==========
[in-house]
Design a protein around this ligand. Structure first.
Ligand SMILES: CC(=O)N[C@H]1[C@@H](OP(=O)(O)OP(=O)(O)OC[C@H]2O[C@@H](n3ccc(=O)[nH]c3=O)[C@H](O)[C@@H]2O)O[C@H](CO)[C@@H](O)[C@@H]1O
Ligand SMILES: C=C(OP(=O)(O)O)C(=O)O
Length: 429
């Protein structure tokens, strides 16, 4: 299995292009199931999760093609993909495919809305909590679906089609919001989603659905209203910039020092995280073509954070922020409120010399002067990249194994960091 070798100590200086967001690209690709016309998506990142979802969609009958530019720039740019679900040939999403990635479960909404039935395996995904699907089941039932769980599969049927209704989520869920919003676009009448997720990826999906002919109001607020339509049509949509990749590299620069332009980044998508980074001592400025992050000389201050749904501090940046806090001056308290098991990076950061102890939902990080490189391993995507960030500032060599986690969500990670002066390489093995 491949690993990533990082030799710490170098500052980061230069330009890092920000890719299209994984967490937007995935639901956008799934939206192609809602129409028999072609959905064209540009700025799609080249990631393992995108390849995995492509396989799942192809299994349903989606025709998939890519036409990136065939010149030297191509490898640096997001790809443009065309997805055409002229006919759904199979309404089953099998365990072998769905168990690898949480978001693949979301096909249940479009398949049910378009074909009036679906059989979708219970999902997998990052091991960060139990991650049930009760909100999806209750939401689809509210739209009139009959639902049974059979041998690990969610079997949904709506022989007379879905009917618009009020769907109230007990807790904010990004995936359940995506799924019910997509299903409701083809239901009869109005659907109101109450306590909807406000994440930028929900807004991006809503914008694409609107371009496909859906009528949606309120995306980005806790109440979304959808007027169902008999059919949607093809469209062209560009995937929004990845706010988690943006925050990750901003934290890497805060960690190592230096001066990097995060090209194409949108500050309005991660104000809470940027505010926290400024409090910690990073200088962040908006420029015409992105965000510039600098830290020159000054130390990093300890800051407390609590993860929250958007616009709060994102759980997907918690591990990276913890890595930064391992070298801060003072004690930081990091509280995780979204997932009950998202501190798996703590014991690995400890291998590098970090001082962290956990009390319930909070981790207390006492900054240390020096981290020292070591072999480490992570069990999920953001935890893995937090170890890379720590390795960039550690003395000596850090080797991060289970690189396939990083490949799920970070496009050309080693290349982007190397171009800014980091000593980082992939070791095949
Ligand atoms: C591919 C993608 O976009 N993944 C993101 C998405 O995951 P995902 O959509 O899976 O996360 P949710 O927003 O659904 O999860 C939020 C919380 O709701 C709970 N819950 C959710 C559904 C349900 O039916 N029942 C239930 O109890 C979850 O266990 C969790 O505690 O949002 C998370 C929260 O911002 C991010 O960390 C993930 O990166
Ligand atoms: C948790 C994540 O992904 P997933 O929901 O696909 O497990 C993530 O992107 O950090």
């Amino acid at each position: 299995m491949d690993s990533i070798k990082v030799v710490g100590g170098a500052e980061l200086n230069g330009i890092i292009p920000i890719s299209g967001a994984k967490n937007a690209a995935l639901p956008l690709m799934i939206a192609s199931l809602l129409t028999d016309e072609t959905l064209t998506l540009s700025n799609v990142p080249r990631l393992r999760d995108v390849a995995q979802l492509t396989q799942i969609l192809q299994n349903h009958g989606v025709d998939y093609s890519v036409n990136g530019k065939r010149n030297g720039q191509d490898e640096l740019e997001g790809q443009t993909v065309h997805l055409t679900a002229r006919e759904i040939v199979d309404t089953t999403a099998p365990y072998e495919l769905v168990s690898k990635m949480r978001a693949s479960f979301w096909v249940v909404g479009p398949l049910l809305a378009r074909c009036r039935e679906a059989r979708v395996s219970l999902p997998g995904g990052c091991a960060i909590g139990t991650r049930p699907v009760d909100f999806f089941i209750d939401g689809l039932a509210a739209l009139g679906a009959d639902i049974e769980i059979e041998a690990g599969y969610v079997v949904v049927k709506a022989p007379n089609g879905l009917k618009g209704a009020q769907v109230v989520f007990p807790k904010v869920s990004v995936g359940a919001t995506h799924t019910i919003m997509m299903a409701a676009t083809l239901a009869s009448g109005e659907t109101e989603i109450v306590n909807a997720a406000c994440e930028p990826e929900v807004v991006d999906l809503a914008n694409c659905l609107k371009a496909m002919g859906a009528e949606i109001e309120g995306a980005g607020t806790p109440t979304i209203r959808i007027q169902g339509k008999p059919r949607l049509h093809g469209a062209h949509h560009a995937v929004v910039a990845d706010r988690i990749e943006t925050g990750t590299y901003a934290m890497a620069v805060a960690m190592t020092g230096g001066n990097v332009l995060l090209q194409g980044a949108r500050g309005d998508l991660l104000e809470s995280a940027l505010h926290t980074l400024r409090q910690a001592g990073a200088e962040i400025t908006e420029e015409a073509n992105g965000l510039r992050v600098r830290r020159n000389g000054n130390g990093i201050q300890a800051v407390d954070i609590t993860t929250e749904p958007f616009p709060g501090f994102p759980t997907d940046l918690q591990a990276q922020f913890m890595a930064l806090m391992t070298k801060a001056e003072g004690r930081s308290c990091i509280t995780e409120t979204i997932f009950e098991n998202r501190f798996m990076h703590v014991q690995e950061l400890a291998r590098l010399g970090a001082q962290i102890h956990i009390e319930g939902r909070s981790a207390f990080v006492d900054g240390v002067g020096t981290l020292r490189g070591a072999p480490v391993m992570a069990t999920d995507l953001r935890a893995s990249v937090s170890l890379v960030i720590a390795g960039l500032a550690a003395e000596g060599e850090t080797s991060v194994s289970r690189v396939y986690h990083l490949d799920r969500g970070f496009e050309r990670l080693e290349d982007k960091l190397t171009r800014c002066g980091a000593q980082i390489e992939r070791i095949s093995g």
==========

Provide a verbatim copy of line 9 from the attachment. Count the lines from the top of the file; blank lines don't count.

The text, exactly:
């Amino acid at each position: 299995m491949d690993s990533i070798k990082v030799v710490g100590g170098a500052e980061l200086n230069g330009i890092i292009p920000i890719s299209g967001a994984k967490n937007a690209a995935l639901p956008l690709m799934i939206a192609s199931l809602l129409t028999d016309e072609t959905l064209t998506l540009s700025n799609v990142p080249r990631l393992r999760d995108v390849a995995q979802l492509t396989q799942i969609l192809q299994n349903h009958g989606v025709d998939y093609s890519v036409n990136g530019k065939r010149n030297g720039q191509d490898e640096l740019e997001g790809q443009t993909v065309h997805l055409t679900a002229r006919e759904i040939v199979d309404t089953t999403a099998p365990y072998e495919l769905v168990s690898k990635m949480r978001a693949s479960f979301w096909v249940v909404g479009p398949l049910l809305a378009r074909c009036r039935e679906a059989r979708v395996s219970l999902p997998g995904g990052c091991a960060i909590g139990t991650r049930p699907v009760d909100f999806f089941i209750d939401g689809l039932a509210a739209l009139g679906a009959d639902i049974e769980i059979e041998a690990g599969y969610v079997v949904v049927k709506a022989p007379n089609g879905l009917k618009g209704a009020q769907v109230v989520f007990p807790k904010v869920s990004v995936g359940a919001t995506h799924t019910i919003m997509m299903a409701a676009t083809l239901a009869s009448g109005e659907t109101e989603i109450v306590n909807a997720a406000c994440e930028p990826e929900v807004v991006d999906l809503a914008n694409c659905l609107k371009a496909m002919g859906a009528e949606i109001e309120g995306a980005g607020t806790p109440t979304i209203r959808i007027q169902g339509k008999p059919r949607l049509h093809g469209a062209h949509h560009a995937v929004v910039a990845d706010r988690i990749e943006t925050g990750t590299y901003a934290m890497a620069v805060a960690m190592t020092g230096g001066n990097v332009l995060l090209q194409g980044a949108r500050g309005d998508l991660l104000e809470s995280a940027l505010h926290t980074l400024r409090q910690a001592g990073a200088e962040i400025t908006e420029e015409a073509n992105g965000l510039r992050v600098r830290r020159n000389g000054n130390g990093i201050q300890a800051v407390d954070i609590t993860t929250e749904p958007f616009p709060g501090f994102p759980t997907d940046l918690q591990a990276q922020f913890m890595a930064l806090m391992t070298k801060a001056e003072g004690r930081s308290c990091i509280t995780e409120t979204i997932f009950e098991n998202r501190f798996m990076h703590v014991q690995e950061l400890a291998r590098l010399g970090a001082q962290i102890h956990i009390e319930g939902r909070s981790a207390f990080v006492d900054g240390v002067g020096t981290l020292r490189g070591a072999p480490v391993m992570a069990t999920d995507l953001r935890a893995s990249v937090s170890l890379v960030i720590a390795g960039l500032a550690a003395e000596g060599e850090t080797s991060v194994s289970r690189v396939y986690h990083l490949d799920r969500g970070f496009e050309r990670l080693e290349d982007k960091l190397t171009r800014c002066g980091a000593q980082i390489e992939r070791i095949s093995g």